Movement and expression are key characteristics in the work of North Carolina based painter Taylor White. Featured here on our blog, her paintings and murals are instantly recognizable for her chaotic portrayal of bodies which appear to break apart. White has said that she sees the human body as a fragile form, describing her work as an exploration of our emotions.
Canadian artist Alexandra Levasseur (previously covered here) has new oil and acrylic paintings on view at Mirus Gallery, “Body of Land”. Her tormented yet feminine subjects, painted in an expressionist style, make a reappearance as if out of a dream. Levasseur’s artwork has always exhibited dreamlike qualities. Here, her subjects exist somewhere between a deep subconscious state and wakefulness. We find them melting into abstract landscapes, non-descript yet wild and untouched. In some of her most gestural work to date, physical form and nature are combined to create a single “body of land.”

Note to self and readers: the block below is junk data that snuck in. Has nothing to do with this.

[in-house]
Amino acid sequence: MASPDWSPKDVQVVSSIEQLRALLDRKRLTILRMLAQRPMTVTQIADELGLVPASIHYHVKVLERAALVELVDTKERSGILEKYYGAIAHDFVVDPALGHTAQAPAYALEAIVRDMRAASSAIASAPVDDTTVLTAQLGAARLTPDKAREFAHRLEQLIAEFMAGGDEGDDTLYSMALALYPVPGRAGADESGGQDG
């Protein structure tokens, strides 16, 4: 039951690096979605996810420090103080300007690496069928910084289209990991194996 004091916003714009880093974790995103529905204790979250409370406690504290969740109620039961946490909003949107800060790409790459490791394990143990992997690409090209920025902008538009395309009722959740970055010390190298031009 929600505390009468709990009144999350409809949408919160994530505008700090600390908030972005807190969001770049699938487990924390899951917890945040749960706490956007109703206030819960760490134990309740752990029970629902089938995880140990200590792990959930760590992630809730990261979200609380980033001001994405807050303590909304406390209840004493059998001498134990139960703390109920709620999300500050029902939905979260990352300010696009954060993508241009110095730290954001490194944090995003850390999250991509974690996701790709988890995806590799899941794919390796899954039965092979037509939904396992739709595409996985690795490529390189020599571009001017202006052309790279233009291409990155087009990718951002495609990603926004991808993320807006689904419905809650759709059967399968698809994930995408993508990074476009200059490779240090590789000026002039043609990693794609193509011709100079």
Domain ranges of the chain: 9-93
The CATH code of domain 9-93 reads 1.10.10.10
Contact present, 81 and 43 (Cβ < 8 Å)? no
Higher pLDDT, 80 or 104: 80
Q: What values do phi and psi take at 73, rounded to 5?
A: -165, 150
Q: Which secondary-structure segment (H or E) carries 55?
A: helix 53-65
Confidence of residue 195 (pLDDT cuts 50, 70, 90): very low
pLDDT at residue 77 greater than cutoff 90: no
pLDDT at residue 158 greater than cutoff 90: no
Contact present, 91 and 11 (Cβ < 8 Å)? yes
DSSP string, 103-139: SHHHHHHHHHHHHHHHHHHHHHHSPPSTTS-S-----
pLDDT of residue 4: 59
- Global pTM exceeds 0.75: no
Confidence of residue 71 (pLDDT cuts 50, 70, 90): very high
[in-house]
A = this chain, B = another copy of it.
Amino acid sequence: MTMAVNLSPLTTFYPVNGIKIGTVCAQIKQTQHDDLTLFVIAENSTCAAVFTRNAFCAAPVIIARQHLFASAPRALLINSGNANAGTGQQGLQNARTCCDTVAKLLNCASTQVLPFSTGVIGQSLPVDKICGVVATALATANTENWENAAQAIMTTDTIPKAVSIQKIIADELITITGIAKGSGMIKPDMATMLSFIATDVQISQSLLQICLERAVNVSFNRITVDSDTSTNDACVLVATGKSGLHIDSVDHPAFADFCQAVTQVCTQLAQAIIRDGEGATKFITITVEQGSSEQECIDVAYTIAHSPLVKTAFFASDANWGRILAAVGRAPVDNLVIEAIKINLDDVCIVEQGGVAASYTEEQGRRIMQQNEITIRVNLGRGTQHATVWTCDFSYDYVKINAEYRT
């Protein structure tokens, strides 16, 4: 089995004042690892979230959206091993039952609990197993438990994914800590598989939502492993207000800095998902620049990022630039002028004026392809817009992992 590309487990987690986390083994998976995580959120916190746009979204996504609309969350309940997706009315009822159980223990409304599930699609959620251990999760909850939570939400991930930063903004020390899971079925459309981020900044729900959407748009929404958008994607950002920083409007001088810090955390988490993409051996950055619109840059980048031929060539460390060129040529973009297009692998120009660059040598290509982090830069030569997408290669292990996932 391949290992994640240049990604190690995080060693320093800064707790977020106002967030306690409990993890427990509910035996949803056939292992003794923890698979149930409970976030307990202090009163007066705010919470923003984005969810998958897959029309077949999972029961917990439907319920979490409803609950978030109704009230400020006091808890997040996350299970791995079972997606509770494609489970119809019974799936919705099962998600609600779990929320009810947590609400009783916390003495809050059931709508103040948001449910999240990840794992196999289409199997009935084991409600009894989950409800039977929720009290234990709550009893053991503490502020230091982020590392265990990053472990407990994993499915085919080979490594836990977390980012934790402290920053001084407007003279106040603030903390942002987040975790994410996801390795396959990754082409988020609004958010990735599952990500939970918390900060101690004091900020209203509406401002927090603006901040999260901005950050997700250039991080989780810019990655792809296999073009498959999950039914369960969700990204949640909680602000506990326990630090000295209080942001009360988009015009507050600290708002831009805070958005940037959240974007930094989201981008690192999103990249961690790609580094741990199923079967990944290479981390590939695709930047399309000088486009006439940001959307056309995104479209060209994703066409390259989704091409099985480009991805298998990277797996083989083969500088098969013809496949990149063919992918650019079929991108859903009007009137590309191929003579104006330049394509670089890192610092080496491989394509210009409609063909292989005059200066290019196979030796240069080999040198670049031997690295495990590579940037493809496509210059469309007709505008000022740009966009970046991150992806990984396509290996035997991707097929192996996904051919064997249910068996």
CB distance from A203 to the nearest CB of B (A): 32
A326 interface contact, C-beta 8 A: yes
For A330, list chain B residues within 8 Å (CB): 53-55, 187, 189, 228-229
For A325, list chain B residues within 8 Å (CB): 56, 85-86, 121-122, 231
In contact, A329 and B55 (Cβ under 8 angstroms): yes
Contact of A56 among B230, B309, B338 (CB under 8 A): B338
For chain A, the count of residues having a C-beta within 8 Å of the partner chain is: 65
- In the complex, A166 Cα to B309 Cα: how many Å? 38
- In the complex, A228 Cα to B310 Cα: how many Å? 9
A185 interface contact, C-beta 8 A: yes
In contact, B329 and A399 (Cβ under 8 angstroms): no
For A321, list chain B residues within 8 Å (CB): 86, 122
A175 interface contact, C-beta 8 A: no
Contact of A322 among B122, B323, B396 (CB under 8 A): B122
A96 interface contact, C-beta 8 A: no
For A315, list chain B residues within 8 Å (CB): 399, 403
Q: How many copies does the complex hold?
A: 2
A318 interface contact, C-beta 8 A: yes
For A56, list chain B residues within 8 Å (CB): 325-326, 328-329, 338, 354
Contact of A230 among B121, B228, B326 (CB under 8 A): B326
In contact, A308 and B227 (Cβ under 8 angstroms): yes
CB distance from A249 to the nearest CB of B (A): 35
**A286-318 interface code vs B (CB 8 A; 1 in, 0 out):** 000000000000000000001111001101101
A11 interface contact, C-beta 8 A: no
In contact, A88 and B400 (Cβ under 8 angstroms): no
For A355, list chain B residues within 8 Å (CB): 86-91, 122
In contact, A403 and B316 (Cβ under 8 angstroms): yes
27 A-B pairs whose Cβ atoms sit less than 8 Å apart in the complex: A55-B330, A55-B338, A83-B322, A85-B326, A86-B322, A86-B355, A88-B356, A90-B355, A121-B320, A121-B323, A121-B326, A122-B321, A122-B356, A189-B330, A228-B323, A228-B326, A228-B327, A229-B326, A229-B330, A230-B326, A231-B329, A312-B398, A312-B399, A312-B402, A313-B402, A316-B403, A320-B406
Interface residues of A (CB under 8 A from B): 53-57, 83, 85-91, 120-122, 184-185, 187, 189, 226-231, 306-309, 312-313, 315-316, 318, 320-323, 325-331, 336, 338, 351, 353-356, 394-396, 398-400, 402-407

Tokyo based painter Yugo Kohrogi sees life through a unique filter. His exhibition “Ripple”, now on view at Cashi gallery in Tokyo, presents interpretations of the female form with a ripple effect. Kohrogi’s images undulate with an invisible energy that changes from piece to piece. Looking through broken glass or a watery surface might distort an image differently, and it’s these subtle differences that Kohrogi observes.
This Saturday, Mari Inukai is returning to Giant Robot with her expressive new series, titled “Marilla Blue and Orange”. Inukai has long experimented with personal symbolism that blends her fantasy and reality worlds together. For this upcoming show, she takes a step into her imaginary world and brings her recurring subjects, including her daughter, and characters with her. Her narrative begins with a charming collection of pencil drawings, which she brings to life in illustrative paintings.
Boston based artist Laurie Kaplowitz describes herself as a “figurative painter committed to Expressive Figuration”. In other words, Kaplowitz creates imagery focused on expressing her emotions, portrayed as ghostly, textured figures. Stylistically, she takes inspiration from Italian Renaissance painter Titian. He reportedly used layers and glazes in his portraits to represent the layers of human identity. Kapolowitz uses the same approach in her process by painting the portrait over and over again until it resonates off the canvas. At the same time, the subject appears light and airy as if disappearing into space. Her art experienced a change in style around 2010, which we feature here.